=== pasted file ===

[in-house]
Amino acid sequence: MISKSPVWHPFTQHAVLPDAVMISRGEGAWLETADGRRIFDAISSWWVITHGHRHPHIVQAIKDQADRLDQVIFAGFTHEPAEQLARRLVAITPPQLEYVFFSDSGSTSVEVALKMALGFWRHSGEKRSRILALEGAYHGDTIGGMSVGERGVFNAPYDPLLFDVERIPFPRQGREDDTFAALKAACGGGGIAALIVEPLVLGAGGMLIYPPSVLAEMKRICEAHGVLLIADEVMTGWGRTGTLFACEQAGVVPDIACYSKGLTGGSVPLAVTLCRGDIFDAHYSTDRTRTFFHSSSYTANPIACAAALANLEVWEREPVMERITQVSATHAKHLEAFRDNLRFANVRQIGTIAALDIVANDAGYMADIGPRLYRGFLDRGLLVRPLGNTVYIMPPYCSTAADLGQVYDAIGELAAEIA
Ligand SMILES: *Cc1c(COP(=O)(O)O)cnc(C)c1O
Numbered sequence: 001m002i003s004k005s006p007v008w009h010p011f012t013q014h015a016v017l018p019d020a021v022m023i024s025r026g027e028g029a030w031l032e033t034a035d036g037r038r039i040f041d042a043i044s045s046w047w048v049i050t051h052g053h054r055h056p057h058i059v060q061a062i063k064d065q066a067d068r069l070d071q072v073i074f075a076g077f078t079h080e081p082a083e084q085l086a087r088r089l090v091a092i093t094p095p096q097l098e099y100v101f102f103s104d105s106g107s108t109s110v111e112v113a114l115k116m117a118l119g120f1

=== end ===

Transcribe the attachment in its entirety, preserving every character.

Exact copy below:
[in-house]
Amino acid sequence: MISKSPVWHPFTQHAVLPDAVMISRGEGAWLETADGRRIFDAISSWWVITHGHRHPHIVQAIKDQADRLDQVIFAGFTHEPAEQLARRLVAITPPQLEYVFFSDSGSTSVEVALKMALGFWRHSGEKRSRILALEGAYHGDTIGGMSVGERGVFNAPYDPLLFDVERIPFPRQGREDDTFAALKAACGGGGIAALIVEPLVLGAGGMLIYPPSVLAEMKRICEAHGVLLIADEVMTGWGRTGTLFACEQAGVVPDIACYSKGLTGGSVPLAVTLCRGDIFDAHYSTDRTRTFFHSSSYTANPIACAAALANLEVWEREPVMERITQVSATHAKHLEAFRDNLRFANVRQIGTIAALDIVANDAGYMADIGPRLYRGFLDRGLLVRPLGNTVYIMPPYCSTAADLGQVYDAIGELAAEIA
Ligand SMILES: *Cc1c(COP(=O)(O)O)cnc(C)c1O
Numbered sequence: 001m002i003s004k005s006p007v008w009h010p011f012t013q014h015a016v017l018p019d020a021v022m023i024s025r026g027e028g029a030w031l032e033t034a035d036g037r038r039i040f041d042a043i044s045s046w047w048v049i050t051h052g053h054r055h056p057h058i059v060q061a062i063k064d065q066a067d068r069l070d071q072v073i074f075a076g077f078t079h080e081p082a083e084q085l086a087r088r089l090v091a092i093t094p095p096q097l098e099y100v101f102f103s104d105s106g107s108t109s110v111e112v113a114l115k116m117a118l119g120f1